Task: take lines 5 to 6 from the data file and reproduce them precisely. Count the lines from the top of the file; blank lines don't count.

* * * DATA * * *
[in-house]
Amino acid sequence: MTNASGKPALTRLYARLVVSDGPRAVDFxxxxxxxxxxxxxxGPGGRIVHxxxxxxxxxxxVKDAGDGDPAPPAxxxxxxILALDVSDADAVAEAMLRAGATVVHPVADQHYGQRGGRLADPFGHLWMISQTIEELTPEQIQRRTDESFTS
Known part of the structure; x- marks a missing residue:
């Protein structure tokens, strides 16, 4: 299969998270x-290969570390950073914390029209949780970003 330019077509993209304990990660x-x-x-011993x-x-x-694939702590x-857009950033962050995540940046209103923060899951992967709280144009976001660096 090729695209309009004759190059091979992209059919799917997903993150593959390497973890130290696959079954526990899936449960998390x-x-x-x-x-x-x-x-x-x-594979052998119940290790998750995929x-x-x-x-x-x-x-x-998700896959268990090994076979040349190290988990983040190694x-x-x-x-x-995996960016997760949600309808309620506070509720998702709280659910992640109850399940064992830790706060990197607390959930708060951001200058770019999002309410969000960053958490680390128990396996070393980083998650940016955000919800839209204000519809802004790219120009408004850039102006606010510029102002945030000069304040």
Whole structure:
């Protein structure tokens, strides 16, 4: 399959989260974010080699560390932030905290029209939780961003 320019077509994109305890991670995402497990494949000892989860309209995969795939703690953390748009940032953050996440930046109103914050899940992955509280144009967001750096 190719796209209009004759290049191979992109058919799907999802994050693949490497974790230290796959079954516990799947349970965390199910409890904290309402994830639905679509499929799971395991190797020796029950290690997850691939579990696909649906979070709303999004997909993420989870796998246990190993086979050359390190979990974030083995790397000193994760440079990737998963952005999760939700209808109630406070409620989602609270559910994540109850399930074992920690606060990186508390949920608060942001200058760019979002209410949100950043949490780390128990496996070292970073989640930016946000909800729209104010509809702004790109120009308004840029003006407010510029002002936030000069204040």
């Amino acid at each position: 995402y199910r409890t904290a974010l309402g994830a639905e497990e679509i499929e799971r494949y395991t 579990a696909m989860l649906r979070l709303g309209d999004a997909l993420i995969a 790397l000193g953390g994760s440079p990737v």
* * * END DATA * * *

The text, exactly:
Whole structure:
């Protein structure tokens, strides 16, 4: 399959989260974010080699560390932030905290029209939780961003 320019077509994109305890991670995402497990494949000892989860309209995969795939703690953390748009940032953050996440930046109103914050899940992955509280144009967001750096 190719796209209009004759290049191979992109058919799907999802994050693949490497974790230290796959079954516990799947349970965390199910409890904290309402994830639905679509499929799971395991190797020796029950290690997850691939579990696909649906979070709303999004997909993420989870796998246990190993086979050359390190979990974030083995790397000193994760440079990737998963952005999760939700209808109630406070409620989602609270559910994540109850399930074992920690606060990186508390949920608060942001200058760019979002209410949100950043949490780390128990496996070292970073989640930016946000909800729209104010509809702004790109120009308004840029003006407010510029002002936030000069204040």